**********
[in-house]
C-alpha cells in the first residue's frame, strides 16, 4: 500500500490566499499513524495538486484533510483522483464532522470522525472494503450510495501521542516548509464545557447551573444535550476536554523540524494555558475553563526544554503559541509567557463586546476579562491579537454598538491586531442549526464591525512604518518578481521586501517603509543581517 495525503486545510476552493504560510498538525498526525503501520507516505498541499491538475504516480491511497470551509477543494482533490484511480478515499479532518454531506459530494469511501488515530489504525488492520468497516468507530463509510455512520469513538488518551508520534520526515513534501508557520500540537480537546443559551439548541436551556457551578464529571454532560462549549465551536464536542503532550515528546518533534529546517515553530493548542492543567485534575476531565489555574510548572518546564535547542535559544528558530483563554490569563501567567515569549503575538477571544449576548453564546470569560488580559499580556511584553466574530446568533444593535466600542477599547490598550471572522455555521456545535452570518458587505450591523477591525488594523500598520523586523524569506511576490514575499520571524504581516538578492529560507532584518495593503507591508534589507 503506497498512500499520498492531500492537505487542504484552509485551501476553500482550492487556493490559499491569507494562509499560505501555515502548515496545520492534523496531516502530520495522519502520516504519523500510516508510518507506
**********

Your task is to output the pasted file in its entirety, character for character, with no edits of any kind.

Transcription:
[in-house]
C-alpha cells in the first residue's frame, strides 16, 4: 500500500490566499499513524495538486484533510483522483464532522470522525472494503450510495501521542516548509464545557447551573444535550476536554523540524494555558475553563526544554503559541509567557463586546476579562491579537454598538491586531442549526464591525512604518518578481521586501517603509543581517 495525503486545510476552493504560510498538525498526525503501520507516505498541499491538475504516480491511497470551509477543494482533490484511480478515499479532518454531506459530494469511501488515530489504525488492520468497516468507530463509510455512520469513538488518551508520534520526515513534501508557520500540537480537546443559551439548541436551556457551578464529571454532560462549549465551536464536542503532550515528546518533534529546517515553530493548542492543567485534575476531565489555574510548572518546564535547542535559544528558530483563554490569563501567567515569549503575538477571544449576548453564546470569560488580559499580556511584553466574530446568533444593535466600542477599547490598550471572522455555521456545535452570518458587505450591523477591525488594523500598520523586523524569506511576490514575499520571524504581516538578492529560507532584518495593503507591508534589507 503506497498512500499520498492531500492537505487542504484552509485551501476553500482550492487556493490559499491569507494562509499560505501555515502548515496545520492534523496531516502530520495522519502520516504519523500510516508510518507506